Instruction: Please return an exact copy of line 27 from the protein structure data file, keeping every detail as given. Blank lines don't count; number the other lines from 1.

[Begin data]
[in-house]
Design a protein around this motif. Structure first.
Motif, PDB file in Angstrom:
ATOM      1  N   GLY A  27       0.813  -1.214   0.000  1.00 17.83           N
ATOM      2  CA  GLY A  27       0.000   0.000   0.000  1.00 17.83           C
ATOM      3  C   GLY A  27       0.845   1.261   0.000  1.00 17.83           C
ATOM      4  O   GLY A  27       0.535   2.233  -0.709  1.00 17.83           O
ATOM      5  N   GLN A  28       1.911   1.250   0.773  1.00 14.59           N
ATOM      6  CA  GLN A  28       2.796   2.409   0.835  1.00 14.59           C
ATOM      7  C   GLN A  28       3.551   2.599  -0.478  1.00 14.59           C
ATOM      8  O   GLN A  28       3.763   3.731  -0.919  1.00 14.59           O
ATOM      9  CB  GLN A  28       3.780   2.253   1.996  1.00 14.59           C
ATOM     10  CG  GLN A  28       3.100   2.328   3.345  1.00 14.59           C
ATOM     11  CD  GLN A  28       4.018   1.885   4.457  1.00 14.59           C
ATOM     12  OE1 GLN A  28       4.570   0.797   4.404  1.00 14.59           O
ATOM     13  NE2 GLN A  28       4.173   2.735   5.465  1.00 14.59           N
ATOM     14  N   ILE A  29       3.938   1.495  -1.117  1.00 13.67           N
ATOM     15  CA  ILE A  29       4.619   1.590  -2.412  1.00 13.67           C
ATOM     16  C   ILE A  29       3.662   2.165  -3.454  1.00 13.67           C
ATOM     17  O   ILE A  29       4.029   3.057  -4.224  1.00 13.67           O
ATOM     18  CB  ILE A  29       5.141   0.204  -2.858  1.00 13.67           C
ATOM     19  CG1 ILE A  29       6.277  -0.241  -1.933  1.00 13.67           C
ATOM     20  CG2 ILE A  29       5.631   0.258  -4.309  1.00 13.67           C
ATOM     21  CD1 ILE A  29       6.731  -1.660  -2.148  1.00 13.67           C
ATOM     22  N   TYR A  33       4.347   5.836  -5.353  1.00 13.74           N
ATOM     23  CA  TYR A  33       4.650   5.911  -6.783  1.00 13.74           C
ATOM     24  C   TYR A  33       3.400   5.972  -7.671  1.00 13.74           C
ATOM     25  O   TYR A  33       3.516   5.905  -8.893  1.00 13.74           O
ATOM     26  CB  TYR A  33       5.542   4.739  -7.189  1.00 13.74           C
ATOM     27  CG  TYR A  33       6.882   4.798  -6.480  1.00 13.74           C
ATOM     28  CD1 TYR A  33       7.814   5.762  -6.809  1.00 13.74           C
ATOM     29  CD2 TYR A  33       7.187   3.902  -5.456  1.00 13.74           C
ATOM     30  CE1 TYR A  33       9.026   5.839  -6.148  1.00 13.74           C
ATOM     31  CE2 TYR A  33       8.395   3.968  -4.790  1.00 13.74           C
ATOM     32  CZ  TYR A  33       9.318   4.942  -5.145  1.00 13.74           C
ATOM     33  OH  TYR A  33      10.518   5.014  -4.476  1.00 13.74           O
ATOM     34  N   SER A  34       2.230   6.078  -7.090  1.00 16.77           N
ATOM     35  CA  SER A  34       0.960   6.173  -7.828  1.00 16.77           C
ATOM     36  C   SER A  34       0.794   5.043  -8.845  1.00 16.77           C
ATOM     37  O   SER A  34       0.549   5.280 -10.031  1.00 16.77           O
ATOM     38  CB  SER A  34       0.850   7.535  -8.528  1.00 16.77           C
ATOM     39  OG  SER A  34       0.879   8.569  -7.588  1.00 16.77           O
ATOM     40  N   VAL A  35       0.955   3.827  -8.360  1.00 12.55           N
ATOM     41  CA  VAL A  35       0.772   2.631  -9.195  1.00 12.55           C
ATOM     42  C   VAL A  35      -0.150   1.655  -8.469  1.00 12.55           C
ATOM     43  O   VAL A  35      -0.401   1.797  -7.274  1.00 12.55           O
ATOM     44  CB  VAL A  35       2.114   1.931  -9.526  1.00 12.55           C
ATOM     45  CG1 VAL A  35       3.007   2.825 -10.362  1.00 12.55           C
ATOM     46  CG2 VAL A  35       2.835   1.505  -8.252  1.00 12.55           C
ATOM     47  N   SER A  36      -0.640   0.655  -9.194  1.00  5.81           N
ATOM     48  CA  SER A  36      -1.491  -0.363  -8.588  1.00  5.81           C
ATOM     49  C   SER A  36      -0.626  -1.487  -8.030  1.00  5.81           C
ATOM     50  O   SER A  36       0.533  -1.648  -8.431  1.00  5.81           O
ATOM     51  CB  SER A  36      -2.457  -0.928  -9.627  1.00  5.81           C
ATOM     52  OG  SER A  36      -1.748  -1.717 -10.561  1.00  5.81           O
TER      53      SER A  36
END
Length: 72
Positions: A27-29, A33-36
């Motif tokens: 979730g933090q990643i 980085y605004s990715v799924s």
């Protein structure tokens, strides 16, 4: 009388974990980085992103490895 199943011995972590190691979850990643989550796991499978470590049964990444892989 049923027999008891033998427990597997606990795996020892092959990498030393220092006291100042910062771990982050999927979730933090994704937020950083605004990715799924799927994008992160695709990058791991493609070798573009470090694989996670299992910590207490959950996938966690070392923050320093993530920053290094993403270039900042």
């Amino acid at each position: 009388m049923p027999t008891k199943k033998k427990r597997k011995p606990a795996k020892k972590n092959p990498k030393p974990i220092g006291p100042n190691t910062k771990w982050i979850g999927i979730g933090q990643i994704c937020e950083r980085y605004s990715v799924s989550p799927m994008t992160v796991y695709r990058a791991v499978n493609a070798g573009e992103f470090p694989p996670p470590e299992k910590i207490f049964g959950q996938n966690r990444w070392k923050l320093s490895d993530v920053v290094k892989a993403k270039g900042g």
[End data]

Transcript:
ATOM     24  C   TYR A  33       3.400   5.972  -7.671  1.00 13.74           C